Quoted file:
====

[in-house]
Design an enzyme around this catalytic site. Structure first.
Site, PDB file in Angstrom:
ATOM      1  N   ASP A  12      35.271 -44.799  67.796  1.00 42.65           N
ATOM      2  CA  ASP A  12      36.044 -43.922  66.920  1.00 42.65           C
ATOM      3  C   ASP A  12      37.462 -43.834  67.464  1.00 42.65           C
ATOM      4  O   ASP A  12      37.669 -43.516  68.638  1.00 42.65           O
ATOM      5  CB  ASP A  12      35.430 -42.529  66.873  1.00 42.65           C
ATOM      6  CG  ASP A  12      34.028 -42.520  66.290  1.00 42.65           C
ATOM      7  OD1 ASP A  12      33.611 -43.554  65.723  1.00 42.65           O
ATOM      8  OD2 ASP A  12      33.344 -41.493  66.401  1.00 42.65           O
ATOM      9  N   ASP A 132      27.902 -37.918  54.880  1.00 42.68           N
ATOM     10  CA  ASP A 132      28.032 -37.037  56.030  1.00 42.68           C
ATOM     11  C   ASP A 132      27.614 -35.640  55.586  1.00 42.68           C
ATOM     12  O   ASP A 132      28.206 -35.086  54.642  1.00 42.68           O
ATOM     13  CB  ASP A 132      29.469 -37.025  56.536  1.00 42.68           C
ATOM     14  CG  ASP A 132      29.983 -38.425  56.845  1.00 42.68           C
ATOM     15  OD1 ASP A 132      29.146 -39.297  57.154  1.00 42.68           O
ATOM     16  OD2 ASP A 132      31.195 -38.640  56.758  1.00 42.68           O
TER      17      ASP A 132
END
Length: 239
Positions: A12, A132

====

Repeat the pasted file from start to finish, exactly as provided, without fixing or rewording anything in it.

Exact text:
[in-house]
Design an enzyme around this catalytic site. Structure first.
Site, PDB file in Angstrom:
ATOM      1  N   ASP A  12      35.271 -44.799  67.796  1.00 42.65           N
ATOM      2  CA  ASP A  12      36.044 -43.922  66.920  1.00 42.65           C
ATOM      3  C   ASP A  12      37.462 -43.834  67.464  1.00 42.65           C
ATOM      4  O   ASP A  12      37.669 -43.516  68.638  1.00 42.65           O
ATOM      5  CB  ASP A  12      35.430 -42.529  66.873  1.00 42.65           C
ATOM      6  CG  ASP A  12      34.028 -42.520  66.290  1.00 42.65           C
ATOM      7  OD1 ASP A  12      33.611 -43.554  65.723  1.00 42.65           O
ATOM      8  OD2 ASP A  12      33.344 -41.493  66.401  1.00 42.65           O
ATOM      9  N   ASP A 132      27.902 -37.918  54.880  1.00 42.68           N
ATOM     10  CA  ASP A 132      28.032 -37.037  56.030  1.00 42.68           C
ATOM     11  C   ASP A 132      27.614 -35.640  55.586  1.00 42.68           C
ATOM     12  O   ASP A 132      28.206 -35.086  54.642  1.00 42.68           O
ATOM     13  CB  ASP A 132      29.469 -37.025  56.536  1.00 42.68           C
ATOM     14  CG  ASP A 132      29.983 -38.425  56.845  1.00 42.68           C
ATOM     15  OD1 ASP A 132      29.146 -39.297  57.154  1.00 42.68           O
ATOM     16  OD2 ASP A 132      31.195 -38.640  56.758  1.00 42.68           O
TER      17      ASP A 132
END
Length: 239
Positions: A12, A132